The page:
Greenville43.1806−85.139417.72Tekenink-Spinks loamy sands (6–12)5.710.9 (20.2)98.6 (9.4)
Hart 43.7391−86.214411.7Spinks loamy fine sand (6–12)6.29.2 (18.0)88.1 (8.1)
Horton 42.0760−84.483031.7Hillsdale-Riddles sandy loams (6–12)6.29.1 (19.7)203.2 (21.1)
Ida 41.8846−83.62378.2Oakville fine sand (0–6) 6.510.5 (20.3)89.7 (9.1)
Interlochen44.5605−85.719435.53Karlin loamy sand (6–12)5.88.9 (17.7)84.1 (8.1)
Lapeer42.9964−83.31338.9Miami loam (2–6)6.19.9 (19.3)82.6 (8.6)
Manton 44.3986−85.28750.5Montcalm-Graycalm complex (0–6)5.89.0 (18.4)87.4 (8.9)
Mason 42.6661−84.44823.4Capac loam (0–4)6.610.4 (19.8)81.8 (8.9)
a Average distance from study plot to weather stations used to obtain growing degree data; superscript indicates number of stations used, if >1; b Web soil survey [34]; c Average annual (June) daily temperature, 1981–2010 U.S. Climate Normals [35]; d Total annual (June) precipitation, 1981–2010 U.S. Climate Normals [35]; Data were used to train 2011 phenology model. Other sites were used for validation.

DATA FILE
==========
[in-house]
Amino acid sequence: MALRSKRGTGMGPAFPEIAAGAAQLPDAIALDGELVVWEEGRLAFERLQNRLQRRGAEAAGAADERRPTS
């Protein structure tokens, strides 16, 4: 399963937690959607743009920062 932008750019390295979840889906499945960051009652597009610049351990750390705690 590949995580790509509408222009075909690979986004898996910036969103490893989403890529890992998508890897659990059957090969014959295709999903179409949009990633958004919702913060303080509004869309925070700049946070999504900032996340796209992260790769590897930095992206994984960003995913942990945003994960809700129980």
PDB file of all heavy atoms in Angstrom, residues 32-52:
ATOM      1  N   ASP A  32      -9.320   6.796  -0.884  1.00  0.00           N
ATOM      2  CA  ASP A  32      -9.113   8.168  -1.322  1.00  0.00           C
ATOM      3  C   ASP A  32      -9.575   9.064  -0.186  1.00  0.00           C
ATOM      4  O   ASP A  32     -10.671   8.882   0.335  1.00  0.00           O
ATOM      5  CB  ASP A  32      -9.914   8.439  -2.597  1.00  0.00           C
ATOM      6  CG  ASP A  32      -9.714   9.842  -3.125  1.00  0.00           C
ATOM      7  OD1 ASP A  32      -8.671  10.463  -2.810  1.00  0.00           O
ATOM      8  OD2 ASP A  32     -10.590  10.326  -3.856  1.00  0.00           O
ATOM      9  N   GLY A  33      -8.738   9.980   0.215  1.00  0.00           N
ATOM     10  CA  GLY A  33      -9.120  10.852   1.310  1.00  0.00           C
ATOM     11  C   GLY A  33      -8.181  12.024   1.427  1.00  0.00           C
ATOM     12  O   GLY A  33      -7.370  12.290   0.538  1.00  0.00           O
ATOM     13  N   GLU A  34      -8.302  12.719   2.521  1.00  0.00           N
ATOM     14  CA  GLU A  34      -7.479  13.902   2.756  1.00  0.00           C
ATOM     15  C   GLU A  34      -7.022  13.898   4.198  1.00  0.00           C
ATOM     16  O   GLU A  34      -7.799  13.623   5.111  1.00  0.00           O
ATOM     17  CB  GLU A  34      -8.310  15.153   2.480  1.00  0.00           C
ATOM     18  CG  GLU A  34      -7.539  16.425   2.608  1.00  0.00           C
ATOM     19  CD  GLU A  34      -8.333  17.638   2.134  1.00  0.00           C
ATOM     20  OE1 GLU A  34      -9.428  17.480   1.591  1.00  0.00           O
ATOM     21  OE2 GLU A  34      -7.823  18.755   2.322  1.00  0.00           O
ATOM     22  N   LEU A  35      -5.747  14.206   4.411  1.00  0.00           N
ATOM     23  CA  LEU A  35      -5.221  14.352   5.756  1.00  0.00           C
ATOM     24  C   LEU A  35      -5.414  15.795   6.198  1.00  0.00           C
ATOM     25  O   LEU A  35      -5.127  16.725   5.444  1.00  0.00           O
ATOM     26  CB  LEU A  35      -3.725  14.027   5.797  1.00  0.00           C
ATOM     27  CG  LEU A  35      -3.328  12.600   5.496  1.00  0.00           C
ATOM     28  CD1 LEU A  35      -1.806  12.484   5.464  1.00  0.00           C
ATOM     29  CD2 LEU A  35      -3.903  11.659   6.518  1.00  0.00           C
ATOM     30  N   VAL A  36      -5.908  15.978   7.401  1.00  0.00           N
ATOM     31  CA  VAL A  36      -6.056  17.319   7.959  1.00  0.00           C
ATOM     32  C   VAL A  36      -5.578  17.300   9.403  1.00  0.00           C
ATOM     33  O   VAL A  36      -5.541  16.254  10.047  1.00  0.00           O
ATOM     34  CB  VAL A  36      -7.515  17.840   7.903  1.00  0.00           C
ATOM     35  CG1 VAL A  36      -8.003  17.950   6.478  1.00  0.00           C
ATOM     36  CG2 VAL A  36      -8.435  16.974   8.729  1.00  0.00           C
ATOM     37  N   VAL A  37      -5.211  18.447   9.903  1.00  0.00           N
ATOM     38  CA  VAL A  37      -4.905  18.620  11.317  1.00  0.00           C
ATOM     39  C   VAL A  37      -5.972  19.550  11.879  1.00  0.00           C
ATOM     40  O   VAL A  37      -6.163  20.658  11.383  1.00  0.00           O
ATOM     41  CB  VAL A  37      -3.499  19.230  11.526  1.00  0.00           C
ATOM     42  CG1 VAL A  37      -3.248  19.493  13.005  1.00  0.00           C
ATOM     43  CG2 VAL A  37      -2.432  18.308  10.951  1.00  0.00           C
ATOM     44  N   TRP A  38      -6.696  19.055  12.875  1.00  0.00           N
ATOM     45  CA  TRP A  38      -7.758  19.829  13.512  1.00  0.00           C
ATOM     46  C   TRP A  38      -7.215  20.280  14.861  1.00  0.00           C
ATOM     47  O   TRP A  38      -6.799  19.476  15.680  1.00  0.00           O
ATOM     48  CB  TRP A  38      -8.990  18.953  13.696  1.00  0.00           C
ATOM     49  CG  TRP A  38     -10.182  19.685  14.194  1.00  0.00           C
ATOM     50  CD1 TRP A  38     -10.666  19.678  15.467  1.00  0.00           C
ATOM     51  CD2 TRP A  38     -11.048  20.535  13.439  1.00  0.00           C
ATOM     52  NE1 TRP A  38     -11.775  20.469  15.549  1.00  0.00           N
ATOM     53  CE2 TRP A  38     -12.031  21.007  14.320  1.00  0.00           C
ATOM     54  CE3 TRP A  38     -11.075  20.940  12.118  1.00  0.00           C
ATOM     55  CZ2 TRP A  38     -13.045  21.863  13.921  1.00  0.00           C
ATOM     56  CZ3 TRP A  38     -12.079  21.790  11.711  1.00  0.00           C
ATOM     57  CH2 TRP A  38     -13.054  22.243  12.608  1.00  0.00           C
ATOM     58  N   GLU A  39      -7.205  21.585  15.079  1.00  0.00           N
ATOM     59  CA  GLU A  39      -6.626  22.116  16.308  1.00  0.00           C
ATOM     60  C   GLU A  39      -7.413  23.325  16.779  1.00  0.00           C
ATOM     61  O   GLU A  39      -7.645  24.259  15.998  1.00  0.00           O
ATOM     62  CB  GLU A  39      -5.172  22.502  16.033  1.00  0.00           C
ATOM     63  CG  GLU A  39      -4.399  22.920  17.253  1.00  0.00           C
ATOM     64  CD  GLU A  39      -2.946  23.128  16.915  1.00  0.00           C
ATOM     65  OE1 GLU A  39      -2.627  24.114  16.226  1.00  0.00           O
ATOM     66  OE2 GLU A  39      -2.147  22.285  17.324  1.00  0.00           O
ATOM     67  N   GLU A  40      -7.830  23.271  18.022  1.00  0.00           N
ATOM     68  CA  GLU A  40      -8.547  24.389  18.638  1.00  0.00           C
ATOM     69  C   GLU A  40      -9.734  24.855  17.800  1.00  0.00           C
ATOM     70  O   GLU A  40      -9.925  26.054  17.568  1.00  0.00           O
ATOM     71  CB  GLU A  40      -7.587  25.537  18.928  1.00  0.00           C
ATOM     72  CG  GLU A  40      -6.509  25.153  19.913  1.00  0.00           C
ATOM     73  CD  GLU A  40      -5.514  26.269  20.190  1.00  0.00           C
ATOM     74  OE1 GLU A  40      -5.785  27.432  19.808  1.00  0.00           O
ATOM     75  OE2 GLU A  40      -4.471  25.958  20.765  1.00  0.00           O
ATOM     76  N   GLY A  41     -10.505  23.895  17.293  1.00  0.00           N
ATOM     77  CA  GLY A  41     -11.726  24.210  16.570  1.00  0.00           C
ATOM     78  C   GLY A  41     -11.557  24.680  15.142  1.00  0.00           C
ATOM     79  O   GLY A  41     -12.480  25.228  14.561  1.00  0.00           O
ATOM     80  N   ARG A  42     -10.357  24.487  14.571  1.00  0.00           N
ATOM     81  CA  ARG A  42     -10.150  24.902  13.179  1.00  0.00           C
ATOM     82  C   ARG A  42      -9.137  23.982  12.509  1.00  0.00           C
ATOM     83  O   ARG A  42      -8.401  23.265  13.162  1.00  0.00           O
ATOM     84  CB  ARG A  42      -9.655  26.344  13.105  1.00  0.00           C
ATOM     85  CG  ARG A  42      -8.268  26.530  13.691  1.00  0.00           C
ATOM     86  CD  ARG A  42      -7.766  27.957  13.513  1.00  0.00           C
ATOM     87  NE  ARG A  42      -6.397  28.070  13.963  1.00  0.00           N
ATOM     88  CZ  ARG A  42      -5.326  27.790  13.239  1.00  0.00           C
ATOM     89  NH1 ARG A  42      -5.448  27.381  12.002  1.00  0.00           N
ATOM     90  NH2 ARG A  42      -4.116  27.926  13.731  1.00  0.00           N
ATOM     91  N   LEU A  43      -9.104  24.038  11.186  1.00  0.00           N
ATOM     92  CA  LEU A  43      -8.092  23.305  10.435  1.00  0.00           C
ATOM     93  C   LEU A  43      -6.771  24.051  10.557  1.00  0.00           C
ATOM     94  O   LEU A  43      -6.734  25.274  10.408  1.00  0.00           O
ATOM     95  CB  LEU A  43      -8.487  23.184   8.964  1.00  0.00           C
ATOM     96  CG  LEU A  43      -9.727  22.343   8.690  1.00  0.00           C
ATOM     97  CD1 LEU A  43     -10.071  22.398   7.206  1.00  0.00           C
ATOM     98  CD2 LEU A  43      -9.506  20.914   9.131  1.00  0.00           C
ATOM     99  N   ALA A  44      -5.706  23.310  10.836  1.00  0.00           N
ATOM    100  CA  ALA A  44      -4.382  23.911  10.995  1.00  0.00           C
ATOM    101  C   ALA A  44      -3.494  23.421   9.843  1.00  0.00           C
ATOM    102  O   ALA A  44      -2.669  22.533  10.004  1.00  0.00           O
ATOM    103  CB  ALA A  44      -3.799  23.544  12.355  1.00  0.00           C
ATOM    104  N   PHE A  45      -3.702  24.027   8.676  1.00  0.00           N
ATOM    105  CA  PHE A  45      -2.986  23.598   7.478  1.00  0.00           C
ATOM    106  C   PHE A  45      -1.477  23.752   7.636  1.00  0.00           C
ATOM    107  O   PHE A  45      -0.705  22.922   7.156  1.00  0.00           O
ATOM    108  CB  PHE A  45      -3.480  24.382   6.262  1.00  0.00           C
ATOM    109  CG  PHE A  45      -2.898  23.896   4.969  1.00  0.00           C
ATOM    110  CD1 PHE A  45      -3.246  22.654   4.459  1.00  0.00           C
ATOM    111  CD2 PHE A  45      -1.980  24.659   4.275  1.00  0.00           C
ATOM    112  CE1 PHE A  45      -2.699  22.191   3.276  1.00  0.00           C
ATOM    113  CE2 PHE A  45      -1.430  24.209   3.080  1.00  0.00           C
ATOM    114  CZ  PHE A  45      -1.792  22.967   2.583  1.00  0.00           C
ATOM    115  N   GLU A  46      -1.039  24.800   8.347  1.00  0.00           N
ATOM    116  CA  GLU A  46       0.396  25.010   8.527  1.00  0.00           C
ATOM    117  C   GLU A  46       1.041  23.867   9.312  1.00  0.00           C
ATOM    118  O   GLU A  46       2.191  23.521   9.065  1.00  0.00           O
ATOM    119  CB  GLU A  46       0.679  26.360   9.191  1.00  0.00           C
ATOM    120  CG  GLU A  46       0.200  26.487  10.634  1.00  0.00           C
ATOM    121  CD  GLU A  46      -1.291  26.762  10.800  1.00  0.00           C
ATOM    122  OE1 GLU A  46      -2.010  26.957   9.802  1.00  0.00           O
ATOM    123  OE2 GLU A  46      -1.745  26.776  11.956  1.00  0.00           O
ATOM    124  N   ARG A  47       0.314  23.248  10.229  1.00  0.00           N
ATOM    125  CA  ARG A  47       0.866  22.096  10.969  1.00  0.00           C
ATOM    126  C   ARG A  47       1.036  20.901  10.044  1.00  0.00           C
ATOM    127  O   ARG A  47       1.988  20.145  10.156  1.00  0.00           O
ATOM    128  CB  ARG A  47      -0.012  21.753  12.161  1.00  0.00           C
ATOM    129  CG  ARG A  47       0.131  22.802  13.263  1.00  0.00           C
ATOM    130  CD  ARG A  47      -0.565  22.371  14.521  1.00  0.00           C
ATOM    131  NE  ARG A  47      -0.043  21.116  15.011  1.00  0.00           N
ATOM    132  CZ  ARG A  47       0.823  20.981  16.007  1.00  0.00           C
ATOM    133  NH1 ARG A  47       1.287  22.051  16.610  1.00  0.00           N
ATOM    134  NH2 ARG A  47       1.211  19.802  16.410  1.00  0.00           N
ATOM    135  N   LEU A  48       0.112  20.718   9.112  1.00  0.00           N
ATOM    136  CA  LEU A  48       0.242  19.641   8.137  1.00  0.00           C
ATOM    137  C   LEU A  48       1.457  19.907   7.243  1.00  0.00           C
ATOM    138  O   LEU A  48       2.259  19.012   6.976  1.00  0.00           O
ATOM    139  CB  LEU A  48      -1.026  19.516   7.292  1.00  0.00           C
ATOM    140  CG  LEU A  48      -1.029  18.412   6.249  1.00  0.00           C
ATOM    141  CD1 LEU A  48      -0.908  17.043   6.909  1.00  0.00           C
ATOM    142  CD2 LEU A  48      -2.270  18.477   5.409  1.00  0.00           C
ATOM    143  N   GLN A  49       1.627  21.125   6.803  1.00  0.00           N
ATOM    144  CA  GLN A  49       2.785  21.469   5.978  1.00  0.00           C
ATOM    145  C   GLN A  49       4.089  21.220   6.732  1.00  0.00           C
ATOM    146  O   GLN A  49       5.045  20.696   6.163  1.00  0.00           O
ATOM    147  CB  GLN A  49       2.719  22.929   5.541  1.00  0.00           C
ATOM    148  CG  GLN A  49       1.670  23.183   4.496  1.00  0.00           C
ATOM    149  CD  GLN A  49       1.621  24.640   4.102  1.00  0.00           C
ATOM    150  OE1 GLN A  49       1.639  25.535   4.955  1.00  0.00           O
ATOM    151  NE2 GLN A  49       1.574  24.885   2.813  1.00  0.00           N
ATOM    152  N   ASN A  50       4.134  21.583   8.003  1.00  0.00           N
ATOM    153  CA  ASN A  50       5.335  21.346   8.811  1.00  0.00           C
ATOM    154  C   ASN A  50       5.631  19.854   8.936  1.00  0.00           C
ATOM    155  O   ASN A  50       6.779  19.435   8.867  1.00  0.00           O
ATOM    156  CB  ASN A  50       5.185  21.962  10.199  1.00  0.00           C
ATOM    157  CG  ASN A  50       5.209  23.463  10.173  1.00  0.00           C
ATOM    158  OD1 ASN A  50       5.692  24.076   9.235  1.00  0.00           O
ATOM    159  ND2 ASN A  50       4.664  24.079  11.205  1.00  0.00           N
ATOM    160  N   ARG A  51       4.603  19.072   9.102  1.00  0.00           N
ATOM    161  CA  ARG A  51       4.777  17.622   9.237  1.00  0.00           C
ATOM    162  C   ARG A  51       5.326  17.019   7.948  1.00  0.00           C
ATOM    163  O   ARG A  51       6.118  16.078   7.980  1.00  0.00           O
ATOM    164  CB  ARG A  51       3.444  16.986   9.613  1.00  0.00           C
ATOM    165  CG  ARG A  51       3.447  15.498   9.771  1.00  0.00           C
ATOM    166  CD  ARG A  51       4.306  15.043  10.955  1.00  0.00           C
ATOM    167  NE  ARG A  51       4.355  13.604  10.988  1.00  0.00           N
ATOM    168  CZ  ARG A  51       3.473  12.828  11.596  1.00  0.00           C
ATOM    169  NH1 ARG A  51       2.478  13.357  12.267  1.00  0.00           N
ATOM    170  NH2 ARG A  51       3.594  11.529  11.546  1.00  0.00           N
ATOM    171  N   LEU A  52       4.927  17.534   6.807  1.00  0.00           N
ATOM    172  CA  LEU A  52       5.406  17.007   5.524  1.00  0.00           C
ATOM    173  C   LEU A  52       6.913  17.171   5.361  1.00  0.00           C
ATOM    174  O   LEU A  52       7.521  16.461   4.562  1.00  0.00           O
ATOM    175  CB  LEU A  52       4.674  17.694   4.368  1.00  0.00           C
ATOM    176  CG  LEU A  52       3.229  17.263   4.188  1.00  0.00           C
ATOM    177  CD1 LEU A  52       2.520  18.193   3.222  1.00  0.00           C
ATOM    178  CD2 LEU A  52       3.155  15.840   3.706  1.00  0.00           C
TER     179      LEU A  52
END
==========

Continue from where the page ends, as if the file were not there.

Table 2. Fitted parameters and measures of fit and predictive power for phenology models of terminal leader growth and lateral growth in Fraser fir in Michigan Christmas tree plantations.
Table 2. Fitted parameters and measures of fit and predictive power for phenology models of terminal leader growth and lateral growth in Fraser fir in Michigan Christmas tree plantations.
SDEC or SDEP aFitted Parameters b
nR2Cm TbTeTm
2011 phenology model training570.98890.03980.1414266.421314.78789.28
2011 validation (spatial)440.99300.0323
2012 validation (temporal)730.97750.0575
2013 lateral shoot model training360.97350.06010.1960221.281030.11694.83
2012 validation (temporal)300.96630.0556
a Standard deviation error in calculation or prediction. Low values indicate good fit to the data; b Cm is relative maximum growth rate (% max. growth rate/°Cd). Tb, Te, and Tm are in °Cd and indicate the beginning of growth, the end of growth, and the time of maximum rate of growth, respectively.